As we discussed, you can build and tweak your brand to meet your needs. That means you have complete influence over it, allowing you to change however you see fit.
On the contrary, your reputation reflects your product or services’ positive and negative impacts and your commitment to social activities and global issues. The only influence you have regarding reputation is your business’s stakeholders’ and buyers’ experience.
Ways to Align Brand and Reputation: The Four Key Segments
Now that we’ve discussed the differences and relationship between a brand and reputation, let’s discuss how you can align them:
Step # 1: Understand “Who” Your Brand Is
Start by gaining a clear understanding of your brand. For instance, does your brand sell makeup and beauty products? Or do you offer clothing?
Step # 2: Define Your Brand
Once you’ve decided what your company does, it’s time to dive deeper into brand building. Ask yourself:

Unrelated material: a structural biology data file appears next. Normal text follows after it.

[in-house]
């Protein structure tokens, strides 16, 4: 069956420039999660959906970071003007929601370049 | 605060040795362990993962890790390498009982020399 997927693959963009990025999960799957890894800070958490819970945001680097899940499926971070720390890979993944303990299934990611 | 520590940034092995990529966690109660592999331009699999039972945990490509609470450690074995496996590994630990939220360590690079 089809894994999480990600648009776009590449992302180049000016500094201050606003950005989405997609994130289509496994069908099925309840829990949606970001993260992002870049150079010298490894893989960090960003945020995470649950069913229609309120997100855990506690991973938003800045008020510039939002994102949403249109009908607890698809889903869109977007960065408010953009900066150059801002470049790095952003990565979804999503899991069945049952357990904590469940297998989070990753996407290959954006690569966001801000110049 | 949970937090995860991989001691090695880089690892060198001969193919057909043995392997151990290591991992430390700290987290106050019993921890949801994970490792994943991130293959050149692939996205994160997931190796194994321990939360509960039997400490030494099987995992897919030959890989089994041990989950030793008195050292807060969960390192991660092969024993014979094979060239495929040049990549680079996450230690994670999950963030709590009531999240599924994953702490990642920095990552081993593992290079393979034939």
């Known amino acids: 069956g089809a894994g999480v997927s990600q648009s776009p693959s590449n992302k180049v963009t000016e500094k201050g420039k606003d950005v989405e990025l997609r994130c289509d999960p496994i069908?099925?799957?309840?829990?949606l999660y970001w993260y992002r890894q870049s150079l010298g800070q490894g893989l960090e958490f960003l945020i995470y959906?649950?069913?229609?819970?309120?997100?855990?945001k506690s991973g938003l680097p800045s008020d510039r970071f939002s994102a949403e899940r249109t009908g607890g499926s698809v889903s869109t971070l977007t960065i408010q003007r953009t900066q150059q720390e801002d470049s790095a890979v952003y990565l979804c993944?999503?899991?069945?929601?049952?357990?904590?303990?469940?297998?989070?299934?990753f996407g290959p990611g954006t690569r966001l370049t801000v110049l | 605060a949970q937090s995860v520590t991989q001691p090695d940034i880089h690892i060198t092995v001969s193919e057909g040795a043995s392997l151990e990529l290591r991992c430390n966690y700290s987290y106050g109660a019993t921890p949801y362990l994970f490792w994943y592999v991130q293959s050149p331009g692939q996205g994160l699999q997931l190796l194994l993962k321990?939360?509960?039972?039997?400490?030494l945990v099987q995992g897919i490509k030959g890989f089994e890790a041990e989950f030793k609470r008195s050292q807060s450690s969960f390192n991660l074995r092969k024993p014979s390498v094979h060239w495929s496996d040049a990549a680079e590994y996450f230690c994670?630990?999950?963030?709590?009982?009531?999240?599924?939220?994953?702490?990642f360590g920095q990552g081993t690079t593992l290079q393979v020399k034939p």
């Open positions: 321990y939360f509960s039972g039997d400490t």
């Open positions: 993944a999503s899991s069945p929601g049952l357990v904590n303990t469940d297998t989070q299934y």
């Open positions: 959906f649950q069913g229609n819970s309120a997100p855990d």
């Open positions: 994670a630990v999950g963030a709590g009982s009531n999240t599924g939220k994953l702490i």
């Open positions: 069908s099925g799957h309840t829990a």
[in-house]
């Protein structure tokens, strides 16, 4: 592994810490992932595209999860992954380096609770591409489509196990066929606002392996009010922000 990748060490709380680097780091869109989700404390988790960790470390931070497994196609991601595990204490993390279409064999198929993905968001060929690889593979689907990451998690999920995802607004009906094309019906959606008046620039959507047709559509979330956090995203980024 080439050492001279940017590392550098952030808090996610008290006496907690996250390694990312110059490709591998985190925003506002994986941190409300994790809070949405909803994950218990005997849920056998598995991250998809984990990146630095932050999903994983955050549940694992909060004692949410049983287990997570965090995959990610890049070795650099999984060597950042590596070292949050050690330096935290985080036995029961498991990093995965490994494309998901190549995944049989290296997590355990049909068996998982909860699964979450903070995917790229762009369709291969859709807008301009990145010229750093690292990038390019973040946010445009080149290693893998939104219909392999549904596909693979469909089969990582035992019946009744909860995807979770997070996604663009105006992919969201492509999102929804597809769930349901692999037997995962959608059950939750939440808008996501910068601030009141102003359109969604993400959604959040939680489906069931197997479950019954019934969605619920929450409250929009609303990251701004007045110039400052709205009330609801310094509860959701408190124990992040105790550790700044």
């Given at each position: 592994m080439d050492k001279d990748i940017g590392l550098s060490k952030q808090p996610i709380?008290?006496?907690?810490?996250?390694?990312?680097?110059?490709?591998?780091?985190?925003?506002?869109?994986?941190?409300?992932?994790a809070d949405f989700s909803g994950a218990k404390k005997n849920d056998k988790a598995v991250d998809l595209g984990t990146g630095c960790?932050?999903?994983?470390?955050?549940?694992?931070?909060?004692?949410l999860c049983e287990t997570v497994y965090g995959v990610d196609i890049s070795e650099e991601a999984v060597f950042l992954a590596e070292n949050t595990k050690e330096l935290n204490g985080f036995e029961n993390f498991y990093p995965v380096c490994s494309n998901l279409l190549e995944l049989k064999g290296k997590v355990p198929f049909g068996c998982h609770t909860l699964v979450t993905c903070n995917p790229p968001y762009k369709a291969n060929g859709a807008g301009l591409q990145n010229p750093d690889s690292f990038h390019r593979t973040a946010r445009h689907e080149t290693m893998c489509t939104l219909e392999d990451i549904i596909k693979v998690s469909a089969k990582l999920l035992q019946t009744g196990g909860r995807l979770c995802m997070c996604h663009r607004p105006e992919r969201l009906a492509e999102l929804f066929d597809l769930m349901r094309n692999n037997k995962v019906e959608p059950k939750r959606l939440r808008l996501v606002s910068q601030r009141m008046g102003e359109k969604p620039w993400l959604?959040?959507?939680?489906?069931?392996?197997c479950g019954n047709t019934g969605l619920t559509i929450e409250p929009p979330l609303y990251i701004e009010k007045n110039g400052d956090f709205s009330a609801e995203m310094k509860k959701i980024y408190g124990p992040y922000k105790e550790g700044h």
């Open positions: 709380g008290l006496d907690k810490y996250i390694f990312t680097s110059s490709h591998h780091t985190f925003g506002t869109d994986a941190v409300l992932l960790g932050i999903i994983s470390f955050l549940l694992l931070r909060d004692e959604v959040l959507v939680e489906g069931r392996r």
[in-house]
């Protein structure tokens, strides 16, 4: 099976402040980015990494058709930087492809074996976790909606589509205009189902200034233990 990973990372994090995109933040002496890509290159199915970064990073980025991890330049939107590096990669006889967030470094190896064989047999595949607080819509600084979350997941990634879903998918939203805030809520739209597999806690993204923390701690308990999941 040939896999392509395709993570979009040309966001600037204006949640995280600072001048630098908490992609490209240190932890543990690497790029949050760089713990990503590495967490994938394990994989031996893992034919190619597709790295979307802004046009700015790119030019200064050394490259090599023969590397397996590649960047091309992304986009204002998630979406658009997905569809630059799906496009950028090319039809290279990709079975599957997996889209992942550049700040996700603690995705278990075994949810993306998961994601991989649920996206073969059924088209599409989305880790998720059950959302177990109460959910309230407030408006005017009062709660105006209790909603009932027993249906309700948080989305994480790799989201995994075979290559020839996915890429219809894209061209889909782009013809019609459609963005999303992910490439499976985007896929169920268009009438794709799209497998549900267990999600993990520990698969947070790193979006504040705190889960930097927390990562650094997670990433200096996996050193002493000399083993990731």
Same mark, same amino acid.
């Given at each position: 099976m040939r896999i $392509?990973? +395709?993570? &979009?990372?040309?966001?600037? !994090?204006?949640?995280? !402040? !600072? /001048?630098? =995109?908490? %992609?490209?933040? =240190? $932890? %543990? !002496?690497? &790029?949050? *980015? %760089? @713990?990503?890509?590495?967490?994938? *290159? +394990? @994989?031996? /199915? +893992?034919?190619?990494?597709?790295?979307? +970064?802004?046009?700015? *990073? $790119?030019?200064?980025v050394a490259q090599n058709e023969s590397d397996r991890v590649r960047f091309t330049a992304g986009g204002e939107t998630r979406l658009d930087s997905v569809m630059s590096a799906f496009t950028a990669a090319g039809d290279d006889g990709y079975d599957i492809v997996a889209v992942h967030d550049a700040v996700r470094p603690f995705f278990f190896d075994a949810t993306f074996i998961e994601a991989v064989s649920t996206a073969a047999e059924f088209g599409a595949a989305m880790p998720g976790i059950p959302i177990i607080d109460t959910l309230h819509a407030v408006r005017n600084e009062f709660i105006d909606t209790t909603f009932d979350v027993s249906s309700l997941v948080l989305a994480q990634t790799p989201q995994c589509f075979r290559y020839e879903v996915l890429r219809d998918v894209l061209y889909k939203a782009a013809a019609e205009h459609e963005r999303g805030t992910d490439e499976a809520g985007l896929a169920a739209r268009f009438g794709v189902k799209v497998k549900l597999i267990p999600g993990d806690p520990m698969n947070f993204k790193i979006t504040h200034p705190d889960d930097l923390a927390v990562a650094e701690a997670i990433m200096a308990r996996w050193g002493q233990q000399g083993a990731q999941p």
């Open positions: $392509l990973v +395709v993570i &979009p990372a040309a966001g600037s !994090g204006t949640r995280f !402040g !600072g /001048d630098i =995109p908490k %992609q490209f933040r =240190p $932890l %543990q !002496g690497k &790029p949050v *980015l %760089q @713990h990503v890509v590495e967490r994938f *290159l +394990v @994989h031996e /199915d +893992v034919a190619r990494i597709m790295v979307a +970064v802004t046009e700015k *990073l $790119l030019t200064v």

- What does my business represent?
- Who and what do I stand for?
- How can I showcase my brand and its offering to the world?
- What are my mission and values? And do my actions reflect these?
- What does the ideal brand represent? Do I stand near this?
Step # 3: Determine What People Are Saying
After listing your fundamental vision and values, seek the public’s view of your brand. The best way to start is by using a search engine.
Here are several ideas to learn more about your reputation:
- Search your brand’s name and see what pops up on the first page
- Identify whether it’s positive or negative coverage
- How many search results align with your brand and meet your product definition?
- What do your friends, family members, and loyal customers think about your brand?
Step # 4: Align Your Brand to Your Reputation